12:00 AM
May 27, 2010
 |  BC Innovations  |  Targets & Mechanisms

The case against triglycerides

Although the harmful effectsof certain lipids such as low-density lipoprotein cholesterol on the cardiovascular system are well established, the role of triglycerides in heart disease has been suspected but less clear. Now, a large-scale epidemiological study provides evidence that increased triglycerides are indeed associated with a greater risk of coronary artery disease.1The question now is whether the converse is true: Can lowering triglycerides protect against CAD?

Triglycerides are lipids consisting of several fatty acids linked to a glycerol molecule. They are the primary source of lipid-derived energy in the body and are transported through the blood in cholesterol-rich lipoprotein particles. In CAD, these particles accumulate as atherosclerotic plaques within the walls of the coronary artery, leading to myocardial infarction (MI).

The physical association between triglycerides and cholesterol has confounded previous efforts to distinguish whether high levels of triglycerides are themselves harmful. For example, CAD patients with high triglycerides also typically have high low-density lipoprotein (LDL) cholesterol.

"There has been uncertainty for 50 years as to whether elevated triglycerides can cause heart disease," said Nadeem Sarwar, university lecturer in cardiovascular epidemiology at the University of Cambridge and corresponding author of the study, which was published in The Lancet.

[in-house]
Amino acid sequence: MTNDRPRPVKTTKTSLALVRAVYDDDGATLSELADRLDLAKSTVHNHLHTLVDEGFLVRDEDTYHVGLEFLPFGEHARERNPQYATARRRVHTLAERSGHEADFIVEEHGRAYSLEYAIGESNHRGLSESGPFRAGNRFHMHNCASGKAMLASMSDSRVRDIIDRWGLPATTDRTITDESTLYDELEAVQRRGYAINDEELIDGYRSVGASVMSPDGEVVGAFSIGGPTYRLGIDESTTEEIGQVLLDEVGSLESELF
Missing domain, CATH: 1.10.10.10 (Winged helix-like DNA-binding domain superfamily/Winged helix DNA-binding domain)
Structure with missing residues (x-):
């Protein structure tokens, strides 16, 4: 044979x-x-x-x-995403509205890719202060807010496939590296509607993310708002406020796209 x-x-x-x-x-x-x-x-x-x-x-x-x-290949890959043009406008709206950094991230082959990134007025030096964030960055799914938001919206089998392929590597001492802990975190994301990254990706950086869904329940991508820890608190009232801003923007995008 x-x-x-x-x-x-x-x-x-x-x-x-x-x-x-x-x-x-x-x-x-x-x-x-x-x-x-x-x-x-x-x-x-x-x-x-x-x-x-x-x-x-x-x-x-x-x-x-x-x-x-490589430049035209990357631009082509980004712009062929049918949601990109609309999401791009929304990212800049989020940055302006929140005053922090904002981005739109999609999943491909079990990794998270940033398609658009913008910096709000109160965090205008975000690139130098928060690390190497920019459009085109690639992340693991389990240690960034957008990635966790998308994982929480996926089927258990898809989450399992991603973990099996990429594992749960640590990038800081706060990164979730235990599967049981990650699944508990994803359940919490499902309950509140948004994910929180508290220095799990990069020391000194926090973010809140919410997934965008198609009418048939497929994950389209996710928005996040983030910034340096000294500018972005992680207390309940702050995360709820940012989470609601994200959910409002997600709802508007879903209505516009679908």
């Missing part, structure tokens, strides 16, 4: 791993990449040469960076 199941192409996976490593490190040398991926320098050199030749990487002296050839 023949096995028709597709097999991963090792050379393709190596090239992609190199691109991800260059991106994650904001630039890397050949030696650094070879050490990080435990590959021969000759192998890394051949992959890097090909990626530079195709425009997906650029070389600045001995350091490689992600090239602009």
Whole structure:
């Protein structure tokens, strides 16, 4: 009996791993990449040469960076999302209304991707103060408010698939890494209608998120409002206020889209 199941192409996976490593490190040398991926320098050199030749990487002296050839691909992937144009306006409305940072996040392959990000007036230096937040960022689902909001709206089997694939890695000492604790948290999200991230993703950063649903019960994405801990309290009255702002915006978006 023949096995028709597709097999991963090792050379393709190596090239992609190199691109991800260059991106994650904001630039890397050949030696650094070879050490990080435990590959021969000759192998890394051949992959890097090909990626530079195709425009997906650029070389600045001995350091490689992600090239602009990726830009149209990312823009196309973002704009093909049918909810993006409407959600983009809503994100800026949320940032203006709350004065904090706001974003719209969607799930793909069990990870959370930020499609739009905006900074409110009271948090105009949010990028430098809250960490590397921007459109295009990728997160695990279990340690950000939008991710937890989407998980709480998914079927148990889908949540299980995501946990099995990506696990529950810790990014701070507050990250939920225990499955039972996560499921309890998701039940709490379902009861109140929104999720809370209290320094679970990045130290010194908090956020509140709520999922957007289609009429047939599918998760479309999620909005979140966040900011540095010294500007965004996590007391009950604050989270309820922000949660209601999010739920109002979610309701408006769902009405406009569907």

"Because triglyceride levels are correlated with other lipid levels," testing the effect of triglycerides alone on CAD risk has been difficult, noted Sarwar. Getting an answer from an interventional trial of compounds that lower triglycerides is "impossible," he added, because medications that affect triglycerides also affect other lipids, such as LDL and high-density lipoprotein (HDL) cholesterol.

Thus, Sarwar's group decided to study the natural variation in triglyceride levels using a combination of genetic and epidemiological methods. "We found that people who carried a genetic variant that elevated triglycerides had higher risk of coronary heart disease," he said.

Tri and tri again

To unravel the effect of triglycerides on CAD, Sarwar's team turned to a relatively common genetic variant in...

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